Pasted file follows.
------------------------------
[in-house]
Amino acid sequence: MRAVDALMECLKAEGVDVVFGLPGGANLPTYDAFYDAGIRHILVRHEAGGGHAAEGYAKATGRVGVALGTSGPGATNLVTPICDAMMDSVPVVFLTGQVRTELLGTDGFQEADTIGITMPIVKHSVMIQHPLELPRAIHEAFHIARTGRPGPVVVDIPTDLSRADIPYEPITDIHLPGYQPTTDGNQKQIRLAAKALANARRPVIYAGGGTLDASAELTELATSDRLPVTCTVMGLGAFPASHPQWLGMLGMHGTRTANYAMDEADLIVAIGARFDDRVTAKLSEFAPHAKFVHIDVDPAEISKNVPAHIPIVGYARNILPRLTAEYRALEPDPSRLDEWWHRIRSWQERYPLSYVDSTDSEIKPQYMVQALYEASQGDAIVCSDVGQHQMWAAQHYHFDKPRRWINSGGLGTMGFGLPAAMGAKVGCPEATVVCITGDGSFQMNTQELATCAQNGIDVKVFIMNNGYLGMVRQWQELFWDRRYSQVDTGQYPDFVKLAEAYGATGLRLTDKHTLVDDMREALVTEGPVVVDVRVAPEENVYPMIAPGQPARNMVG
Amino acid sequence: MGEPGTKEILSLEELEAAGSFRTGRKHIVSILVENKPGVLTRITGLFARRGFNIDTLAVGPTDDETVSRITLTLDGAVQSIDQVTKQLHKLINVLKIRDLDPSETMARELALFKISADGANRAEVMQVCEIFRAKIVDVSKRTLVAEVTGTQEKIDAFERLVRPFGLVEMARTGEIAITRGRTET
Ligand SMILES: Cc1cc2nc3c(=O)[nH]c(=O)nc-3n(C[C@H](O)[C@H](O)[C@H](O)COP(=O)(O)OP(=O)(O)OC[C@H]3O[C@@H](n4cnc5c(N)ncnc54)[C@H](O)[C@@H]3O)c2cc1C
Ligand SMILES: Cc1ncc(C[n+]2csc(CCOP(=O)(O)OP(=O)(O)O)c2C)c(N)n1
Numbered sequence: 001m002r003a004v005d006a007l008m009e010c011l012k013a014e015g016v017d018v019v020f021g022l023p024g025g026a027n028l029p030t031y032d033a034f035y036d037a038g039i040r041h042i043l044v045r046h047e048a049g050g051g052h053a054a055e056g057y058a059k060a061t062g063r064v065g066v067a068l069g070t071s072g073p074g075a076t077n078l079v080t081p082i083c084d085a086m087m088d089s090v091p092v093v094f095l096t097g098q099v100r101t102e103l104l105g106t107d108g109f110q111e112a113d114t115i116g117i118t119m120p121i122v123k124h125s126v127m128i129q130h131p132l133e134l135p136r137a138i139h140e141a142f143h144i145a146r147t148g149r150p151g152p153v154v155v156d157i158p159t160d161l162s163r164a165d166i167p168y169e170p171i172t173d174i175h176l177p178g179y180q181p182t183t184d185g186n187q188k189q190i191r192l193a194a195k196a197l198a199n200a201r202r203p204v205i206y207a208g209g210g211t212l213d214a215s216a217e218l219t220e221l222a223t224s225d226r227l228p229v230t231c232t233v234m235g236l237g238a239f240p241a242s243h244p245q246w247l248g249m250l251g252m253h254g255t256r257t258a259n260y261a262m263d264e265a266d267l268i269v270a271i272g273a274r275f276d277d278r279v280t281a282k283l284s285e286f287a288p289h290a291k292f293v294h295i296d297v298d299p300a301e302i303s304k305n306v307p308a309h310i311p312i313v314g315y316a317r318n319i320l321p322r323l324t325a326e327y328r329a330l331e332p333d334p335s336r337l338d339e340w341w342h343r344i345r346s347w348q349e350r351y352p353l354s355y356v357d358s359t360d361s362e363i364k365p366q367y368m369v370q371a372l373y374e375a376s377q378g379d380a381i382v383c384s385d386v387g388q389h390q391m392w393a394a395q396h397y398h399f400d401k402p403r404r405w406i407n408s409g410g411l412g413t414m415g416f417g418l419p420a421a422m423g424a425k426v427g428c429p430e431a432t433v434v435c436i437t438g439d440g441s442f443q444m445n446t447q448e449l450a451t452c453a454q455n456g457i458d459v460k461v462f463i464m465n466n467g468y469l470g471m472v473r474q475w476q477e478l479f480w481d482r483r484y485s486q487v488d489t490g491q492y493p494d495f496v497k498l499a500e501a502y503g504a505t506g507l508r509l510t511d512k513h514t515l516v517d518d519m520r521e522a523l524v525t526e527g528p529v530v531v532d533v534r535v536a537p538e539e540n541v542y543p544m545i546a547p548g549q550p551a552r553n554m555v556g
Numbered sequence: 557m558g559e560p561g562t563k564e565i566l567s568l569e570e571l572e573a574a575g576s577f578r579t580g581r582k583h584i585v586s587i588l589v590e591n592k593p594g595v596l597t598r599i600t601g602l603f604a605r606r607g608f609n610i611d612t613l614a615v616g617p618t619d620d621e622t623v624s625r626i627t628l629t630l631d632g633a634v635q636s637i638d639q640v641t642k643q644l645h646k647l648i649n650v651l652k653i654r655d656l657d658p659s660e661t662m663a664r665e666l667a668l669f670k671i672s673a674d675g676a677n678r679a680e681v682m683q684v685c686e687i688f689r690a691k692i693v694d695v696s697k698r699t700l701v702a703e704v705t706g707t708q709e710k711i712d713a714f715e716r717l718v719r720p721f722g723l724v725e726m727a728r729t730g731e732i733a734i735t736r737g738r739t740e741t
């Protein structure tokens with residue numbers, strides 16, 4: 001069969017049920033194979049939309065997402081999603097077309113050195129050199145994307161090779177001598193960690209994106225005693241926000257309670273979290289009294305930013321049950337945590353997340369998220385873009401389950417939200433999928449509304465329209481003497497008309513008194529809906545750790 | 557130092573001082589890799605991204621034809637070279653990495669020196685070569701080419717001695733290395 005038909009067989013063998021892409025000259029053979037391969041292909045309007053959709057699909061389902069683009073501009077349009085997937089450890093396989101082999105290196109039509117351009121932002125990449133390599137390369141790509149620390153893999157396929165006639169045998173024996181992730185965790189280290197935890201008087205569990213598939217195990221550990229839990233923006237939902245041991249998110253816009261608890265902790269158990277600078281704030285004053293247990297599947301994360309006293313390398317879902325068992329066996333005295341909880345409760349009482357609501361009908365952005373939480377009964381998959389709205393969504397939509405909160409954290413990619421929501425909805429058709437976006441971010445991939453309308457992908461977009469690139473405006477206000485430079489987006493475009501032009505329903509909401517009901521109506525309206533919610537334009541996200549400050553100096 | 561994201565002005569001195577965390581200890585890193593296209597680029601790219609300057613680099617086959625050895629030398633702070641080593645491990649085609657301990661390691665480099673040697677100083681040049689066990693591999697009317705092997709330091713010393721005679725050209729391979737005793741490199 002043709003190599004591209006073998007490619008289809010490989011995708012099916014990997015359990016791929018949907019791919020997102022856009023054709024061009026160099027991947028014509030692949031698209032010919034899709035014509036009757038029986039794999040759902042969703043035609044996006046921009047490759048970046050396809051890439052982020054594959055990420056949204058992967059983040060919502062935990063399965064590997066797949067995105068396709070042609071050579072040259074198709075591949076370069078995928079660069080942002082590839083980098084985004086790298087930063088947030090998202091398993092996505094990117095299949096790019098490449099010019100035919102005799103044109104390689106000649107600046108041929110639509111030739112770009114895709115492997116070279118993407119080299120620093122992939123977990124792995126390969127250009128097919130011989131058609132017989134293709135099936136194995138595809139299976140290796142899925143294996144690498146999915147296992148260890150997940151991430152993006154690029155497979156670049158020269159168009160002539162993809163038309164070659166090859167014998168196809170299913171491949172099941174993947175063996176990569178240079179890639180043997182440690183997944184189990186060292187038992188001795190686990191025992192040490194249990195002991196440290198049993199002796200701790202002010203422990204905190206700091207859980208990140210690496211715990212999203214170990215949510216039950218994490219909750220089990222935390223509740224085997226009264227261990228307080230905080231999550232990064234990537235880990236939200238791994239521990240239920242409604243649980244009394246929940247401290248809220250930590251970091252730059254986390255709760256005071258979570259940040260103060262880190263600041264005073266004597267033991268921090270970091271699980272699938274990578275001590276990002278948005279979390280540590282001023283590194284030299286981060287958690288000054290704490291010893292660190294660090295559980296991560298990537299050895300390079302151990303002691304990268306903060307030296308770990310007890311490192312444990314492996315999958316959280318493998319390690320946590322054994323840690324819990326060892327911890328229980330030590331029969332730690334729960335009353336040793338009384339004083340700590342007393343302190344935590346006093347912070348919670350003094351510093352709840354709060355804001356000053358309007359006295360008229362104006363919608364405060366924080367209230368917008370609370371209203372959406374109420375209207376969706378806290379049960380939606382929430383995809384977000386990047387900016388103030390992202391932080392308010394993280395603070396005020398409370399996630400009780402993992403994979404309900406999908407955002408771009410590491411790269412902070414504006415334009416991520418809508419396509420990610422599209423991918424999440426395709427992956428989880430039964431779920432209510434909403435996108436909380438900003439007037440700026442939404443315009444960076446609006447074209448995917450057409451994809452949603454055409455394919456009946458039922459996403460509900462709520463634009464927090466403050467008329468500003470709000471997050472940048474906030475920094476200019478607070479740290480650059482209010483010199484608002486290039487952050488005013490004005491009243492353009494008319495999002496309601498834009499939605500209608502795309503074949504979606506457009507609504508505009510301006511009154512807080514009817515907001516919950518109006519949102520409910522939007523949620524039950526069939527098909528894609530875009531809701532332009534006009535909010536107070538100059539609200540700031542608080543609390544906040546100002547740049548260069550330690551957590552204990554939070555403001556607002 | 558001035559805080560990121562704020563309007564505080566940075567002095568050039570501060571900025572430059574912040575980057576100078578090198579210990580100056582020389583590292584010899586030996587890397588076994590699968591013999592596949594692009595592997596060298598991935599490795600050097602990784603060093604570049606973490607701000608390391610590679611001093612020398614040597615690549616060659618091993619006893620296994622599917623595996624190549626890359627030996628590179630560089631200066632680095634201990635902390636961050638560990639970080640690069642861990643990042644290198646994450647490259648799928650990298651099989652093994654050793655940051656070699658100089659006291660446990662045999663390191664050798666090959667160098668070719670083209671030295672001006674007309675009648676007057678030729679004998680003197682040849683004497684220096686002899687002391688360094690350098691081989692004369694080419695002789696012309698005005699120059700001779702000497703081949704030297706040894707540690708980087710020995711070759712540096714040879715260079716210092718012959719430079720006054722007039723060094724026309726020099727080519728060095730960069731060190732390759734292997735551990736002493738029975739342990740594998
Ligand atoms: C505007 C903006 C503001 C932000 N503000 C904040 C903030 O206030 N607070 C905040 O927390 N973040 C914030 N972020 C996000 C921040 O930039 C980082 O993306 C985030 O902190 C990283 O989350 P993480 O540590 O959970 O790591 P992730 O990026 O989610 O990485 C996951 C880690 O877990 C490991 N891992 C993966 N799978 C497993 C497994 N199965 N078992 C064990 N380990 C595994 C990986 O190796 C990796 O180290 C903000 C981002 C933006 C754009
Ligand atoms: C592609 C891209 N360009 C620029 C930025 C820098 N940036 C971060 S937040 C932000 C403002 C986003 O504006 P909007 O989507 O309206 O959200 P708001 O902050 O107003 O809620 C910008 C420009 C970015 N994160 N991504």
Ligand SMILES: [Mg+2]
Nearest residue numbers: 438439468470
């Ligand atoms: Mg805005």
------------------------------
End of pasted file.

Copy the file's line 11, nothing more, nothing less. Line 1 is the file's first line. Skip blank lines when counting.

Ligand SMILES: [Mg+2]